The Dimensional Change Card Sort (DCCS) task requires children to switch from sorting cards based on shape or color to sorting based on the other dimension. Typically, 3-year-olds perseverate, whereas 4-year-olds flexibly sort by different dimensions. Zelazo and colleagues (1996, Cognitive Development, 11, 37-63) asked children questions about the postswitch rules and found an apparent dissociation between rule knowledge and rule use, namely that 3-year-olds demonstrate accurate knowledge of the postswitch rules despite sorting cards incorrectly. Here, we show that children's success with these questions is grounded in their use of available visual cues; children who fail sorting use the target cards to correctly answer questions, and when the cards are unavailable they guess. This suggests that there might not be a dissociation between children's rule knowledge and rule use in the DCCS.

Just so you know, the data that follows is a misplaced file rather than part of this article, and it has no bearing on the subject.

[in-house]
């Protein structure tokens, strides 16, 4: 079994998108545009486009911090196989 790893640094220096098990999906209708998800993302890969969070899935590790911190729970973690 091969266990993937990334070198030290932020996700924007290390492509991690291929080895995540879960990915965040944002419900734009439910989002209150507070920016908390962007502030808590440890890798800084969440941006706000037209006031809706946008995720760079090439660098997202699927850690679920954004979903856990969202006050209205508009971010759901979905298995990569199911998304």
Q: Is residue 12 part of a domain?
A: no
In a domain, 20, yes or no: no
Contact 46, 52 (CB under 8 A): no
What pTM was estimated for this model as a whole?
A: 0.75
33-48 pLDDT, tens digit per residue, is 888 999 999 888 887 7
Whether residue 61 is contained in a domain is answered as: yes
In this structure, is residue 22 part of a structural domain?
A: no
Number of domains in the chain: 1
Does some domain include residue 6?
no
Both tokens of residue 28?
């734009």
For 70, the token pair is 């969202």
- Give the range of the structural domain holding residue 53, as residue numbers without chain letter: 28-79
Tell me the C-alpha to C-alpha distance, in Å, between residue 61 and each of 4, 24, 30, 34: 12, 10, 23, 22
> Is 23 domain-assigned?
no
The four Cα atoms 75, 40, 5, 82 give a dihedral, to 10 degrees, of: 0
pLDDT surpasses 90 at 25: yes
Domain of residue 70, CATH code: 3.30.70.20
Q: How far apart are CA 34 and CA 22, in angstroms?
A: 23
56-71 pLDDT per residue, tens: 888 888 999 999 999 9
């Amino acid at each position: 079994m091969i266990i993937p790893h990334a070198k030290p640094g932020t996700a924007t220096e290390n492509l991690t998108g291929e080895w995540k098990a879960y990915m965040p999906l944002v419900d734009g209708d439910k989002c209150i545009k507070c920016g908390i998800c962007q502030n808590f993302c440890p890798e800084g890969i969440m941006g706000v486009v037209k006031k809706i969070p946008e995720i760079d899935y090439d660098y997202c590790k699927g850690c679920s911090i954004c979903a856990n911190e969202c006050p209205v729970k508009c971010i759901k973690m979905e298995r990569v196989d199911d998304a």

|Number of pages||9|
|Journal||Journal of Experimental Child Psychology|
|Publication status||Published - Mar 2012|
- Executive function
- Rule use
- Dimensional Change Card Sort
- Rule knowledge